Although literature found its way into Bob Dylan's songs, and gave him "a way of looking at life, an understanding of human nature, and a standard to measure things by," it doesn't make him an author.
Rick Salutin is a Canadian novelist, playwright and critic. He is a strong advocate of left wing causes and writes a regular column in the Globe and Mail.
The symbols that would have the right to hang out proudly with other national symbols are all in decline. "O Canada" and the Maple Leaf are down, the Mounties and beaver, way down.
This goes well beyond a slip; it's a conceit with a useful history in disparaging Indigenous claims.
Socialism is no longer a dirty word and left-wing parties have valuable lessons to learn from authentic candidates who were able to attract the youth vote.
The revival of "1837" revealed that our show is (relatively gently) charged with overlooking truer victims: the First Nations.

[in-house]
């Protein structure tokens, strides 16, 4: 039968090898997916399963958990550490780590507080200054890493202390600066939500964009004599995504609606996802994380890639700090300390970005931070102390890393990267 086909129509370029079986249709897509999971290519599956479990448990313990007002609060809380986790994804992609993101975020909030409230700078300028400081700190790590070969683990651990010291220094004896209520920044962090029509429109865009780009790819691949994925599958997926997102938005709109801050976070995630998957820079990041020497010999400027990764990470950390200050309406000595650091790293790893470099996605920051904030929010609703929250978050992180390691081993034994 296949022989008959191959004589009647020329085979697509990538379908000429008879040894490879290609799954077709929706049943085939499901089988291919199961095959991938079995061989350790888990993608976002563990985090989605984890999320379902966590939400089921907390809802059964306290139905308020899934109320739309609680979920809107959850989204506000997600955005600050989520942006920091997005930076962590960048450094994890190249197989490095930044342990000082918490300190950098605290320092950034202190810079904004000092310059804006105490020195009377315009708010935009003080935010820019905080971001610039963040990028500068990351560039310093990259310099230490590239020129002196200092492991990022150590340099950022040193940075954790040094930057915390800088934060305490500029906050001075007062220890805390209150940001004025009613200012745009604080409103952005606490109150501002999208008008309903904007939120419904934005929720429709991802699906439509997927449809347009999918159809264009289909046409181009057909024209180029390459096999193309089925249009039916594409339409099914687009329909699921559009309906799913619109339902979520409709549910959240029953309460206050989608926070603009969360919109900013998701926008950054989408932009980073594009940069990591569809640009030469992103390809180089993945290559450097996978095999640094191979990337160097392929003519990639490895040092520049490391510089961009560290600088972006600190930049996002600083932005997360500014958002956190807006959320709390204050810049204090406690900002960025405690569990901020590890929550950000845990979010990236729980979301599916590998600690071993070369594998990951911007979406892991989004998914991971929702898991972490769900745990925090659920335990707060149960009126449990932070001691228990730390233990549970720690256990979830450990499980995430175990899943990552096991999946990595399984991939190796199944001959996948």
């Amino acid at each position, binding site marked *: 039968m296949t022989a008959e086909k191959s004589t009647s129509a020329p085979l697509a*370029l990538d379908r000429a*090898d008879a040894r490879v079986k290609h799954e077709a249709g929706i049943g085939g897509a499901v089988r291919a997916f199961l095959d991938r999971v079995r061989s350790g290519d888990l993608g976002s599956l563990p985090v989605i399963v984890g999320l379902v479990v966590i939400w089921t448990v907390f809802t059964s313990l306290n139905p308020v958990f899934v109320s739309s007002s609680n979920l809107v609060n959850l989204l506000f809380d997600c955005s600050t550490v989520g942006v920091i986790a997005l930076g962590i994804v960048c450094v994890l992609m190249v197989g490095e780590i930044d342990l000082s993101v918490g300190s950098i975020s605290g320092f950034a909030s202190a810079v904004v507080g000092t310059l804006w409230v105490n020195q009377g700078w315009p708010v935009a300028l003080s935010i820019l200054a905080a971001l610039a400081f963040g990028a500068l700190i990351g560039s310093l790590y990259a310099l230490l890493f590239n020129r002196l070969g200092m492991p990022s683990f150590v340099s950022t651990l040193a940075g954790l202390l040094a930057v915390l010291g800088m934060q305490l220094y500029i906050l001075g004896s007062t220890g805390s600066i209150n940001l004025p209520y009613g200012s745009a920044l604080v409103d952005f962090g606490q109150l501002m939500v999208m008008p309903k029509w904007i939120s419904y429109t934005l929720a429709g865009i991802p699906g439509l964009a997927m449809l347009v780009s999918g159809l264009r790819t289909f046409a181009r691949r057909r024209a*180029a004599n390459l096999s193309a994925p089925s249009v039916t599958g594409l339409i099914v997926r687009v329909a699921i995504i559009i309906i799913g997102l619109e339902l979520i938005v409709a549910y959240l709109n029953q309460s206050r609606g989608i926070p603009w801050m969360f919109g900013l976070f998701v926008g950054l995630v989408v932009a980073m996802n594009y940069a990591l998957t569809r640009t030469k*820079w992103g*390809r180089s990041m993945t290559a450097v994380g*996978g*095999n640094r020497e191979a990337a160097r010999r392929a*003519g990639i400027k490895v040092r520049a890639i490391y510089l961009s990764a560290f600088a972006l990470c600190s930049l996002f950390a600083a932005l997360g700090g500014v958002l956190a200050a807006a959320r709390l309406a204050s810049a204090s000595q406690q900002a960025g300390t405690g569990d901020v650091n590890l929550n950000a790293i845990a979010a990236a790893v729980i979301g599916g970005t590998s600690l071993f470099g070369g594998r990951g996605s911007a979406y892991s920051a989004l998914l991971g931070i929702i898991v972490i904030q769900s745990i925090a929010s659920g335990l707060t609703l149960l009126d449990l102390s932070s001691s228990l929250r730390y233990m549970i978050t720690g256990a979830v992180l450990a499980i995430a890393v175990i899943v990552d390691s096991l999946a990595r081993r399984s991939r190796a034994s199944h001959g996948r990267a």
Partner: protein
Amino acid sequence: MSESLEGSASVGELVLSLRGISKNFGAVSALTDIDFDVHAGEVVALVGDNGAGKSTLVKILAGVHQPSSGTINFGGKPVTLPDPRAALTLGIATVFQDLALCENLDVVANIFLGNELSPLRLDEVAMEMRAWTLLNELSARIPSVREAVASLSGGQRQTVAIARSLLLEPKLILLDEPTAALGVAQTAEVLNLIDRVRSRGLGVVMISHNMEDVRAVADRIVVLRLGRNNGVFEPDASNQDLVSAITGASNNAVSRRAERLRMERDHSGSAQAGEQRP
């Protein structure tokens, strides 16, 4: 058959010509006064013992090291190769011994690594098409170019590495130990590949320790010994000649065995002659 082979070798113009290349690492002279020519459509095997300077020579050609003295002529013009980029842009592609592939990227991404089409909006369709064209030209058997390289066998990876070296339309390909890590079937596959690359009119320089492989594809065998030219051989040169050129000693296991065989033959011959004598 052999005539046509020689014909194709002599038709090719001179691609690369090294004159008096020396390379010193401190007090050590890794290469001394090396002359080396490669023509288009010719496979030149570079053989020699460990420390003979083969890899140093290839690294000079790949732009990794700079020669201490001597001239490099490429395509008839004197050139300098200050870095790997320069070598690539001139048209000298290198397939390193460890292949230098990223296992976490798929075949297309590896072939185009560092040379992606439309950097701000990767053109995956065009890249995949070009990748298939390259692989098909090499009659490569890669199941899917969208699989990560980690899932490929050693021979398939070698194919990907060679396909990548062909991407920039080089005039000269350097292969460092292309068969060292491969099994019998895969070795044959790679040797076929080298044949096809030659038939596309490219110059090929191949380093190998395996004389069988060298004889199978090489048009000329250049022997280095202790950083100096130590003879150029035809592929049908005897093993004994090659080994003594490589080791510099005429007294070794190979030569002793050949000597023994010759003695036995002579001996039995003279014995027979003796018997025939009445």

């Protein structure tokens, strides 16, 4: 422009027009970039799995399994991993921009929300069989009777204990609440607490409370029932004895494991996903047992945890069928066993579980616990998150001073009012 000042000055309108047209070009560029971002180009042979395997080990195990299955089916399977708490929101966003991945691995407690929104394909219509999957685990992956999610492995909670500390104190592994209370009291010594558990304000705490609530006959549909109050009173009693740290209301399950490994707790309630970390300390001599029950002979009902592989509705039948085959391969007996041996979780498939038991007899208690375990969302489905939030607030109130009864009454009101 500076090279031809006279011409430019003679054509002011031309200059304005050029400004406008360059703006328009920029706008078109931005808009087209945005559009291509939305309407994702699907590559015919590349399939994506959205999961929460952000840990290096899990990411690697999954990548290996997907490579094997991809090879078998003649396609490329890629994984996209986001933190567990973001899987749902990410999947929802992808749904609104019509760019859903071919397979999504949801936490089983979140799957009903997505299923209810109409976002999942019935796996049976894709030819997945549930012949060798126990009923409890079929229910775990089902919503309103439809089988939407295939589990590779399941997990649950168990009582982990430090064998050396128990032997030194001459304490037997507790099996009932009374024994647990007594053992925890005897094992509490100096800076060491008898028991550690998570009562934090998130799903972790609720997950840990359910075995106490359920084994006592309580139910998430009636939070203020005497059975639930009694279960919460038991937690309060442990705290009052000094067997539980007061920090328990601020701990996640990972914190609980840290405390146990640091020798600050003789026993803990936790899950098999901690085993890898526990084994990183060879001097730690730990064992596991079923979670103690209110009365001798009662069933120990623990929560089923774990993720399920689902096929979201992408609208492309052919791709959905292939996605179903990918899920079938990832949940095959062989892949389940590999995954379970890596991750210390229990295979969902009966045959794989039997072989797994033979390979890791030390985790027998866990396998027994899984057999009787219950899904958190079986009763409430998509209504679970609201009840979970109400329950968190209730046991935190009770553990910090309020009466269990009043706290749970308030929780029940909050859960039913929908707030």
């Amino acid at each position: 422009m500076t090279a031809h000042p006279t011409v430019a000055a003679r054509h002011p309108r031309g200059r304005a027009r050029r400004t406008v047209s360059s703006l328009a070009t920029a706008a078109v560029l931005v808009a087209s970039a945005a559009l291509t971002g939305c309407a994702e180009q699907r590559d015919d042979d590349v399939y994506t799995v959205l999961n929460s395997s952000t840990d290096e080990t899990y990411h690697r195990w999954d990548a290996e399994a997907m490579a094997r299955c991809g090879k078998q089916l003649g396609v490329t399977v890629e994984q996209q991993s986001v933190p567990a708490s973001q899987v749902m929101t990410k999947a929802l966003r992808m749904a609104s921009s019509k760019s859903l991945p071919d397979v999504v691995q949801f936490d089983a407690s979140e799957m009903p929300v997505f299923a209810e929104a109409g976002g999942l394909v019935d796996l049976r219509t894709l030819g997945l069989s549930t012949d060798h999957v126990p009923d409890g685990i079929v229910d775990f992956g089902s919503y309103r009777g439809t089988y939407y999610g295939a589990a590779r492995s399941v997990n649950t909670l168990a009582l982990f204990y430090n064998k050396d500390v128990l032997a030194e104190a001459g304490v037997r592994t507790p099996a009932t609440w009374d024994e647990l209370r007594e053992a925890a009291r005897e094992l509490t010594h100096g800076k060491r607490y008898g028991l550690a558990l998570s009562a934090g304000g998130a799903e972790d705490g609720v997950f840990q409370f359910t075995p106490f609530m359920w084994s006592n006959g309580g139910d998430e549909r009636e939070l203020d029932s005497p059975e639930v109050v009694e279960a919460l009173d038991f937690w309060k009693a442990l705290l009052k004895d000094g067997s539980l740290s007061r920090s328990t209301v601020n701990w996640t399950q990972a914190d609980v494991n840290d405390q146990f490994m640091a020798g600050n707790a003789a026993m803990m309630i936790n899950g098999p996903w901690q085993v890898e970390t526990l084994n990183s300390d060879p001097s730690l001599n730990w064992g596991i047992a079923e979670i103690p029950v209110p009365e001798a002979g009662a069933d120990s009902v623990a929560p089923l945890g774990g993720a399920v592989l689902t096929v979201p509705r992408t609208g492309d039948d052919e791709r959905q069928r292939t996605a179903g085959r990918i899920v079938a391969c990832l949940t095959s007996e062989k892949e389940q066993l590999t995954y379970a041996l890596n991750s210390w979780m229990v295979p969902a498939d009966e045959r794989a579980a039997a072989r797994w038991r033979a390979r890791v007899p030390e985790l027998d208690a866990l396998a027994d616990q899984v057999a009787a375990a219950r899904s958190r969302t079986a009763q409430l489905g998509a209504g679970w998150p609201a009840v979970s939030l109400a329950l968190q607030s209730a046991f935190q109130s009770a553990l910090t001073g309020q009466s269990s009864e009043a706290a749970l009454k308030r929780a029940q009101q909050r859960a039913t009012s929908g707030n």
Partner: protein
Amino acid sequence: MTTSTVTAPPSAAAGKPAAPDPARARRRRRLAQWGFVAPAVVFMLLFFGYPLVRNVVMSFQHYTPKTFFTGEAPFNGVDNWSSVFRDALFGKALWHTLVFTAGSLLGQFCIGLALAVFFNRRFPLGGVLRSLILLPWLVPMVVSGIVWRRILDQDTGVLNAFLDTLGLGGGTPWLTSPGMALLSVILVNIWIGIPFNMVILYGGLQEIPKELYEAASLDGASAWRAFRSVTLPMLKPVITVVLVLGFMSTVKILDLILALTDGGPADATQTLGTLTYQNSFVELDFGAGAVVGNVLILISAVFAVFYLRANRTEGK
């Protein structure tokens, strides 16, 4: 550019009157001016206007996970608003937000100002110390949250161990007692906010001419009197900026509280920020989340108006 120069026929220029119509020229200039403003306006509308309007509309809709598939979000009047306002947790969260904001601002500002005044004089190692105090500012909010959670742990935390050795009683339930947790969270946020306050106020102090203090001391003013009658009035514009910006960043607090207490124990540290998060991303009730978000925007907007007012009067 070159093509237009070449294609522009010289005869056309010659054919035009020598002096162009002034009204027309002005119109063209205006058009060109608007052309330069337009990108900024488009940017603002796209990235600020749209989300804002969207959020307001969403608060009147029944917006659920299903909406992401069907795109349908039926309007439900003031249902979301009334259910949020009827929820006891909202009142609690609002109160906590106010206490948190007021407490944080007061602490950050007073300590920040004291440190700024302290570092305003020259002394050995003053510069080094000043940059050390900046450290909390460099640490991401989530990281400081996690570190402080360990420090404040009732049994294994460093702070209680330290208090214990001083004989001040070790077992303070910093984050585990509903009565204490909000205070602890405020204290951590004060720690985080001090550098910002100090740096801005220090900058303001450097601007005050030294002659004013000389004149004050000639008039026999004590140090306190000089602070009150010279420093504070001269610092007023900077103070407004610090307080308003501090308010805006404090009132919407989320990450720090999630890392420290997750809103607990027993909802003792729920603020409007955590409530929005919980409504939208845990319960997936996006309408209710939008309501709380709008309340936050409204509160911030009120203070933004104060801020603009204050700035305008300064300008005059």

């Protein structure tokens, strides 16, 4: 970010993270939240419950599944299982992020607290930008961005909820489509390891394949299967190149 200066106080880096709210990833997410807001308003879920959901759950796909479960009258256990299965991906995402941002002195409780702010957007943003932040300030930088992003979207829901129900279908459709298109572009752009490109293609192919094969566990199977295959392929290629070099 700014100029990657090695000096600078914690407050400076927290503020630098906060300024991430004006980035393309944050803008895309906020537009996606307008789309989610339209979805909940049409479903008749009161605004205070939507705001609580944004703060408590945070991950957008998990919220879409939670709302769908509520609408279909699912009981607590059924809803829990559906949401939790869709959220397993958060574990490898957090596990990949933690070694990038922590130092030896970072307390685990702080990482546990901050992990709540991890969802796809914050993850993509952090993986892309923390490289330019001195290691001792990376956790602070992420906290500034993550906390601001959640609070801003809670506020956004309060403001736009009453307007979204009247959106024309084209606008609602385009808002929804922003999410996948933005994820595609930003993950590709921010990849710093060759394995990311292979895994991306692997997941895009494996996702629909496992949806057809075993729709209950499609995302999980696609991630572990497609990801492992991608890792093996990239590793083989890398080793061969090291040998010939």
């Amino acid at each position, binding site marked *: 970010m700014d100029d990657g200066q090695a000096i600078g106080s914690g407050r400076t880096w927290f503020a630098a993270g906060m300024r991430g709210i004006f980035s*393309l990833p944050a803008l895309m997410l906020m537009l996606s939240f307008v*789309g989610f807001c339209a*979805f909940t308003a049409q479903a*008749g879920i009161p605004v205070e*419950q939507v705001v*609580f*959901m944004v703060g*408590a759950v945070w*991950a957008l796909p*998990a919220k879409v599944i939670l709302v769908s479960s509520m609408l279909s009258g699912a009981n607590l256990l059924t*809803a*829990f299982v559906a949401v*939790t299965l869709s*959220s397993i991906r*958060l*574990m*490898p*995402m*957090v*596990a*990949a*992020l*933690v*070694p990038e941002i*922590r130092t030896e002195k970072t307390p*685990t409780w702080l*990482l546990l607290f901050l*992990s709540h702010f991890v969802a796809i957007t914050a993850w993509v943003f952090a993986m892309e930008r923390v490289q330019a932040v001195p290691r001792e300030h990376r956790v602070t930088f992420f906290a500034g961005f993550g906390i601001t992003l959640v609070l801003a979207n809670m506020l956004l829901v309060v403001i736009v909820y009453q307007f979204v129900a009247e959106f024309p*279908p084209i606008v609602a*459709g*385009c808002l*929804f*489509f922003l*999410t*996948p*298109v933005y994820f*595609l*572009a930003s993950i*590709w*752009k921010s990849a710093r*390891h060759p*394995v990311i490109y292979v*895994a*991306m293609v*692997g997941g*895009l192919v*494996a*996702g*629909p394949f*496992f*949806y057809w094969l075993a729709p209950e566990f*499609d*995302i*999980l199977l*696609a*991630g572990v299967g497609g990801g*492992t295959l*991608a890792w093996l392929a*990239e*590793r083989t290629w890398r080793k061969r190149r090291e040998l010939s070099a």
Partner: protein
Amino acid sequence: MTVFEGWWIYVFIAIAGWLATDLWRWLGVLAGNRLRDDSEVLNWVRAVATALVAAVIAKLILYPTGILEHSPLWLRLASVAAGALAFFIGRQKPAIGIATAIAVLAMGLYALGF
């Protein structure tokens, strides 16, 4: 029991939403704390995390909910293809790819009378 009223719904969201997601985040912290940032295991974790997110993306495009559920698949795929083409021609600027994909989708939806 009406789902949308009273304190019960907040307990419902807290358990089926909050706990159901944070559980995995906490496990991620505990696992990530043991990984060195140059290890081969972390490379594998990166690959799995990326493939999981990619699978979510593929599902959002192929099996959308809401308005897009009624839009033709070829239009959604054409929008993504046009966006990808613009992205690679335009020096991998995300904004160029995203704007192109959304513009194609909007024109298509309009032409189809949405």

Corbyn boldly, even recklessly, doubled down, blaming the bombing partly on the aggressive, militaristic foreign policy of previous leaders, including Labour's own Tony Blair. Why did it work?
Trump's speech in Riyadh this week was normal foreign policy drivel, which came as a relief. It was no more preposterous than what Obama, Clinton, or Trudeau deliver when they talk world issues.
The cultural appropriation debate broke new ground this week, for me anyway. I confess I was among those who always saw it as essentially a matter of free speech: the right to write what one chose.
I'd have fired James Comey too. The guy is delusional, grandiose and a drama queen (who does that remind you of?). The former FBI director thinks it's all about him.
If political acts, like voting, are meaningless under globalization, that makes some sense of the refusal by normally left voters to turn out for Hillary, leading to Trump's victory.